Eventually, I came to a small stone house with logs piled up to the roof and a couple of tables covered piled with Kale under a lean-to. Faded letters announced: ‘Ostaria Lolli.’ I was a little late for lunch but, telling me to leave my backpack outside, Signora Lolli showed me to a table by the window and went to see what was left in the kitchen. A few other diners – obviously friends of the owners – quizzed me about where I had come from and started to offer advice about the road ahead. A younger Lolli stoked the Osteria’s huge integral hearth to a roaring blaze – the firelight to compete with the the grey mountains out the window and tungsten glow from the rustic coronae hanging on iron chains. The timbered walls of the Osteria were lined with pictures of Padre Pio, the Grotto at Lourdes, ancient casks, bits of metal pertaining to anachronistic methods of husbandry and faded photographs of three generations of dead Lollis (or, judging by the average age of the population around here, not-dead Lollis).
Soon, oily, crackling Bruschetta arrived with a small carafe of the local red, followed by tender roast chicken in lavender and a steaming mound of Kale over a single soft bulb of Garlic; the flavours mud-wrestling each another to a frenzied stranglehold only to be calmed by the force of freshly baked bread, arriving on my palate with the sage impartiality of a judge presiding over a particularly acrimonious child custody case.
“And now how about a little Dolce with your coffee?” Suggested Signora Lolli. I could have eaten there all day, but too much of a wholesome thing is not good for a halfsome lifestyle and, fearing a final course as delicious as the last, asserted my need to commit myself to the fresh blasts of mountain air which wafted with the foul scent of cigar smoke from the lean-to outside. Signora Lolli obviously couldn’t help herself, and three deliciously dark biscotti flavoured with Cinnamon and Fennel arrived at my elbow anyway – along with a freezer-bag bag of the same ‘per il tuo viaggio.’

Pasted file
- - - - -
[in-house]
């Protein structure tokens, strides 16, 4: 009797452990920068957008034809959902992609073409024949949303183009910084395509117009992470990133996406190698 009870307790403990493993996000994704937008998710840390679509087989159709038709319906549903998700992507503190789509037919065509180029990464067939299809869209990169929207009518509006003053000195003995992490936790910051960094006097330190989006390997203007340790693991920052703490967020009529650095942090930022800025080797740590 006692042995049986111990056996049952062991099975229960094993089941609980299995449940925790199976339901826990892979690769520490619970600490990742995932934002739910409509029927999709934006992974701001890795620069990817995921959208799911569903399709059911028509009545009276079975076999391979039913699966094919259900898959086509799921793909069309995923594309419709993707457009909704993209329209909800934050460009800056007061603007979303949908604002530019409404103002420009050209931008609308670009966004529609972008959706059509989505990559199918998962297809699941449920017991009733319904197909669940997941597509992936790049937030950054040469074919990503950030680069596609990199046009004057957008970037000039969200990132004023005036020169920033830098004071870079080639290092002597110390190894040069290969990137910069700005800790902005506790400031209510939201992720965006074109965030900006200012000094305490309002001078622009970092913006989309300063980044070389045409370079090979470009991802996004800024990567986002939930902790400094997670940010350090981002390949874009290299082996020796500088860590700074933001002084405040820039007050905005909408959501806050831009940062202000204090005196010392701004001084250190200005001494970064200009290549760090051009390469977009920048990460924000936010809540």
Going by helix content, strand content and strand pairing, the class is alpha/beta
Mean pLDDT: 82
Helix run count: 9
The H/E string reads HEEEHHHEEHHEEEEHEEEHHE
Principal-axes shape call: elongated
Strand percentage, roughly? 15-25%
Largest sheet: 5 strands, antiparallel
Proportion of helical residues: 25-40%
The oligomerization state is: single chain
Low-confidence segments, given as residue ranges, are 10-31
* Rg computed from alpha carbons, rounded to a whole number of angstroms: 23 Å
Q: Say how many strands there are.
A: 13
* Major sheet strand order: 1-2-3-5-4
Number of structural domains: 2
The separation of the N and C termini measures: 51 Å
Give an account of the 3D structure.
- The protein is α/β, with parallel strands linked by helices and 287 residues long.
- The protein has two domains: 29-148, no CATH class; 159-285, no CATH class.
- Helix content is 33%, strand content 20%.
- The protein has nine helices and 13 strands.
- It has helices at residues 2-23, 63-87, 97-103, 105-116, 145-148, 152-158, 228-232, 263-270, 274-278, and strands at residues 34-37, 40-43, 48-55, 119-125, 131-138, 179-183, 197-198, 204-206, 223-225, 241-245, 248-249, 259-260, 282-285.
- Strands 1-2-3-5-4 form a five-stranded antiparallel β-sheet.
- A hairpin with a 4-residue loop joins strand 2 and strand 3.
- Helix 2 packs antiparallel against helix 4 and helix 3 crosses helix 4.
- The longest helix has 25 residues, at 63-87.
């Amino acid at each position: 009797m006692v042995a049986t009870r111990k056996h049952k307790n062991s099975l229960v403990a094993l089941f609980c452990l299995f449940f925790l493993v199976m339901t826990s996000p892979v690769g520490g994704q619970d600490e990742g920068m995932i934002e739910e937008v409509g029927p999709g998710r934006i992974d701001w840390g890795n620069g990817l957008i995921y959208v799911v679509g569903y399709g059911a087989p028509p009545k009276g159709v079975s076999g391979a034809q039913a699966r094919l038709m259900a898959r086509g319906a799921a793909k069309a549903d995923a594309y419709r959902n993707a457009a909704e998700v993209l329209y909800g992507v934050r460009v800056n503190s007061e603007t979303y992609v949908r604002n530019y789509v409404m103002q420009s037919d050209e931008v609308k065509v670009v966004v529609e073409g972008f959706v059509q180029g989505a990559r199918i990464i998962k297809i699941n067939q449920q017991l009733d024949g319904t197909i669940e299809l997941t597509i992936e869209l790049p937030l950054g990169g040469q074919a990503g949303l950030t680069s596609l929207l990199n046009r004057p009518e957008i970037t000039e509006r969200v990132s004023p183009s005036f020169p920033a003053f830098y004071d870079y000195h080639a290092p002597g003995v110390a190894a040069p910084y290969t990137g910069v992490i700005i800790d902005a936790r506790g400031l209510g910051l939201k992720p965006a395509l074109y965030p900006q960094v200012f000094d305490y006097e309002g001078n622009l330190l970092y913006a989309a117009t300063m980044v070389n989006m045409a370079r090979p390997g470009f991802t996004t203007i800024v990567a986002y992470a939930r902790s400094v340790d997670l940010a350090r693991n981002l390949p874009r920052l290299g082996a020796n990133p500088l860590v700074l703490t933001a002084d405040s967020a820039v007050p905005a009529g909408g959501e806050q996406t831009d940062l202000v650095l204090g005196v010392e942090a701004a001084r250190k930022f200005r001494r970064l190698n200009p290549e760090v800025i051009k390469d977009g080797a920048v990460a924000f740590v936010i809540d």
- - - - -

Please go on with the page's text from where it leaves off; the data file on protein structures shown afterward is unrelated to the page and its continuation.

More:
A few hours later, I rounded a bend to see another collection of ancient houses clinging like static crustaceans to a tidal rock high above me. I knew I ought to press on along the main road (by now a fairly deserted dual carriageway), but – stuff it – I’d spent last night sleeping in an abandoned house and why not try to find a hotel for once?
This rash diversion led to a chain of events which has completely altered the whole trip. The town itself – Piglio – was extraordinary. I’ve already blown the relevant adjectives on Cave – but, in relative terms, we’re talking about a place where Kowloon Walled City gets Mediaeval. No cars can come near the centre – or, I should say, the summit. I entered by a minor gate and headed up an alley so steep that I twice used my hands in the climb. Some of the thoroughfares were hewn straight out of the rock that the town rested on. Others appeared to have been formed when water froze in its natural fissures. I saw streets which were staircases. I saw Piazzas two Vespas abreast. A false turning led me down a passage which terminated with a hole in the town wall and a sheer 300ft plunge to the forest below. Whatever the inconveniences of living up a street that makes the Spaccanapoli look like Avenue des Champs-Élysées, I don’t imagine the place has ever suffered a town drunk for more than a couple of consecutive nights.
The town seemed virtually deserted. Many of the buildings appeared derelict and there was hardly a sound in the streets. I saw just one person my own age – a girl leaning out of an upstairs window in a bid for signal or suicide or both.
Eventually, I came across a little church, where evening mass was being said. Ah! Here they all were!